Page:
State broadband survey could help fund local infrastructure

Published 12:00 am Thursday, April 22, 2021

SALISBURY – A statewide survey is trying to identify where there is need for high speed internet.

The North Carolina Broadband Survey, an ongoing project of the N.C. Department of Information Technology’s Broadband Infrastructure Office, is trying to drive participation in the survey so it can understand the availability and quality of internet connections across the state.

The results will identify places throughout the state where broadband access is inadequate or nonexistent. The survey will help direct funding to those areas to improve service.

Broadband Infrastructure Office Executive Director Jeff Sural said the state used federal data in the past to cover some areas that were underserved. But federal data still misses out on some people who still do not have adequate service.

Sural said the federal government will accept crowd-sourced data from states to help direct funding. The state created a scaled back survey similar to this a few years ago, but it ran into issues with inaccuracies in the third-party speed test it used at the time.

Sural said it may help secure funding for a particular area if more people participate.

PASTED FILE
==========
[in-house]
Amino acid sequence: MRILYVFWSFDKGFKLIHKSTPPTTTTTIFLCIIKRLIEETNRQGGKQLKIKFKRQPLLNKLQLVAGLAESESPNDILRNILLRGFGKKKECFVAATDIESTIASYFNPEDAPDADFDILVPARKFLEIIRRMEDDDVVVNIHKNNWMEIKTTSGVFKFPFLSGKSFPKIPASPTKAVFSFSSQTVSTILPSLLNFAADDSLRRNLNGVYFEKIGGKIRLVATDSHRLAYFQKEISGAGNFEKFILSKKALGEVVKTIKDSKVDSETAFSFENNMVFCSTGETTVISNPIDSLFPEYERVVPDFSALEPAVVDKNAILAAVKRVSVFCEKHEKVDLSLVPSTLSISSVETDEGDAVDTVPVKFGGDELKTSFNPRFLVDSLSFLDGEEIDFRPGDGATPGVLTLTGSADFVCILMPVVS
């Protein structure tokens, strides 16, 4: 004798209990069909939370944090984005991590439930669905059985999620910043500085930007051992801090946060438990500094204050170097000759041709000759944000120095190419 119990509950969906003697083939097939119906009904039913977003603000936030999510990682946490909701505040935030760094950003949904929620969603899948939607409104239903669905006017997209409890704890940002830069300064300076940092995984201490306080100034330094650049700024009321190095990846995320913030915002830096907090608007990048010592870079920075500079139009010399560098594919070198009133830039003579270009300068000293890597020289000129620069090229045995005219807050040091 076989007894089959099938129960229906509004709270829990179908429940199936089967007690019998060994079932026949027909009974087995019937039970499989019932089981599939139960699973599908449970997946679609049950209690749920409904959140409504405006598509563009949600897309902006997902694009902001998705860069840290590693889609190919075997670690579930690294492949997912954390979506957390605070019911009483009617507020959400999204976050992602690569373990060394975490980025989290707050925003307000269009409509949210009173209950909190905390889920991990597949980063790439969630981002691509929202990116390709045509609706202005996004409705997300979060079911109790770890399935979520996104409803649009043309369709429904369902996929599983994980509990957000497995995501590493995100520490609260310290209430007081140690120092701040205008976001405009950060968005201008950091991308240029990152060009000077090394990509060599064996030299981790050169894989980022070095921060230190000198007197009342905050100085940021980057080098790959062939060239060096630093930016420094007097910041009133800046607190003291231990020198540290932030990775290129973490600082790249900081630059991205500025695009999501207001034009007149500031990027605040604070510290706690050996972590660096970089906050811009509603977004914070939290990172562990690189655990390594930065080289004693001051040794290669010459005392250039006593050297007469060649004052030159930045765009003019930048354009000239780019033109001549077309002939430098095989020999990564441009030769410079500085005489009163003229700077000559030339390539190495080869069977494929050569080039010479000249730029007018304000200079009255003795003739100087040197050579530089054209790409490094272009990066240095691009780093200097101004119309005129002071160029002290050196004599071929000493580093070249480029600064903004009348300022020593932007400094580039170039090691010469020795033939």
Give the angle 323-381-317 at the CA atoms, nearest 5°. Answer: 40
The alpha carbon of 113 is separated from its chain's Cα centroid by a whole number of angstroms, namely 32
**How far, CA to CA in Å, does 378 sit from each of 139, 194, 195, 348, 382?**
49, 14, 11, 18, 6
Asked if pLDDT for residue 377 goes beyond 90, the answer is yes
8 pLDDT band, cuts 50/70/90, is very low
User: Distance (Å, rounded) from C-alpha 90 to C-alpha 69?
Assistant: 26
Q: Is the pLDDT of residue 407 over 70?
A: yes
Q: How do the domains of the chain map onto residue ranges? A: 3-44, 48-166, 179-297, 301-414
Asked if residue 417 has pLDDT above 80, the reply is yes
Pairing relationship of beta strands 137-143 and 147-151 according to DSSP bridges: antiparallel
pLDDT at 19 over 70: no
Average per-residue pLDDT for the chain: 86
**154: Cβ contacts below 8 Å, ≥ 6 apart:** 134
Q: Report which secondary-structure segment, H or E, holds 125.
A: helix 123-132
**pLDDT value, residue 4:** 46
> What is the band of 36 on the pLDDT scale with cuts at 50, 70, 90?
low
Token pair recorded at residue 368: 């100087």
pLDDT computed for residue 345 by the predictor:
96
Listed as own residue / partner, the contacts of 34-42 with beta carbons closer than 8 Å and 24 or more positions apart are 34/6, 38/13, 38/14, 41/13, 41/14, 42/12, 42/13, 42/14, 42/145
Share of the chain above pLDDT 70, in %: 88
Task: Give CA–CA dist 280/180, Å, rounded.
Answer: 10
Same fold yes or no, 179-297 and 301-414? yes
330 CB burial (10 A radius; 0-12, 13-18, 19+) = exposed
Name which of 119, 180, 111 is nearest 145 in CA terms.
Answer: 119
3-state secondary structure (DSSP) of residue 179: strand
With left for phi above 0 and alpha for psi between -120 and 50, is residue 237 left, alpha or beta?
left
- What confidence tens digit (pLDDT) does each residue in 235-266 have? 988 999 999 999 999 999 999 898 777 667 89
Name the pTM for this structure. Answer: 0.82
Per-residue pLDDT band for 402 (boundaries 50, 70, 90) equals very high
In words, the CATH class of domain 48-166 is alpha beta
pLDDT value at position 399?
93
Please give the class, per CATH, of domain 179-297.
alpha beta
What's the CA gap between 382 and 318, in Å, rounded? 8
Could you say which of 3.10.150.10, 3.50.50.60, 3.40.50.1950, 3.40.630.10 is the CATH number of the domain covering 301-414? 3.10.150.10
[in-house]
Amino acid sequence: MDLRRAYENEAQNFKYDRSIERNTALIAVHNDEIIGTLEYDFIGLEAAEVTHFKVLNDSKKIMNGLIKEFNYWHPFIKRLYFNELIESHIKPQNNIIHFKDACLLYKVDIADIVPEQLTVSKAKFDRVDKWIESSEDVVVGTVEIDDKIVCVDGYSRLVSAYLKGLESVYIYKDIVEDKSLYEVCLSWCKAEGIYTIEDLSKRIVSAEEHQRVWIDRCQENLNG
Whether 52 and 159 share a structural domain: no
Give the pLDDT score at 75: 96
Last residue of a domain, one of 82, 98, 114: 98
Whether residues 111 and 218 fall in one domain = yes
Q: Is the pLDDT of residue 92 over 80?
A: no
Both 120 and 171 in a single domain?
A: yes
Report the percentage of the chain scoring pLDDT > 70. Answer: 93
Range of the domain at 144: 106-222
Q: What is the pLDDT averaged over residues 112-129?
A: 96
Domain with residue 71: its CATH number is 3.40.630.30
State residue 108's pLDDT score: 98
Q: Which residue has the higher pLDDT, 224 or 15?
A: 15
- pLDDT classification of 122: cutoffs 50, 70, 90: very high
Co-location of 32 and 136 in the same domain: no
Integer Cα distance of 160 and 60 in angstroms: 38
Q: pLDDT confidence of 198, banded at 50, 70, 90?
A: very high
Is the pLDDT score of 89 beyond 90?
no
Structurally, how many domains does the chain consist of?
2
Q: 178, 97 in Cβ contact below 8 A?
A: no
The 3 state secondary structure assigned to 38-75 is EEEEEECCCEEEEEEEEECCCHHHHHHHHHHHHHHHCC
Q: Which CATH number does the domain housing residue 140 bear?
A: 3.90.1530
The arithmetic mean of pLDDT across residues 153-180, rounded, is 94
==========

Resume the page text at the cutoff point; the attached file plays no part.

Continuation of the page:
“It gives us more data,” Sural said. “This is just one source of data to give us a better understanding of what’s going on on the ground.”

Every county in the state has some issues. In the case of Rowan, Sural pointed to the northeastern reaches — where there are large areas which remain unserved. Survey responses so far have been confirming that.

“Just looking at the map now, there are a bunch of dots with no service or very poor service,” Sural said on a virtual call this week.

Sural said people with inadequate access are out of job opportunities, educational opportunities, civic engagement and access to health care.

He described broadband as a market-based industry. As a result, it can be a tough proposition for a private company to find solutions for fast internet to an area with too few customers to justify the cost. A number of grant programs have been put in place to offset those costs for companies.

The state’s survey is available online, but people without service can take it by phone or by accessing public internet somewhere like Rowan County Library branches.

The department wants to get to 500,000 responses to the survey. It went live last summer, but underwent troubleshooting before the department started advertising it recently. Now it is working with counties, councils of government, other stakeholder groups and media outlets to let people know it is available.

Visit to take the survey online. The department asks people take the online survey from their homes if possible. To take the survey by phone, text or call 919-750-0553.

About Carl Blankenship

Carl Blankenship has covered education for the Post since December 2019. Before coming to Salisbury he was a staff writer for The Avery Journal-Times in Newland and graduated from Appalachian State University in 2017, where he was editor of The Appalachian.

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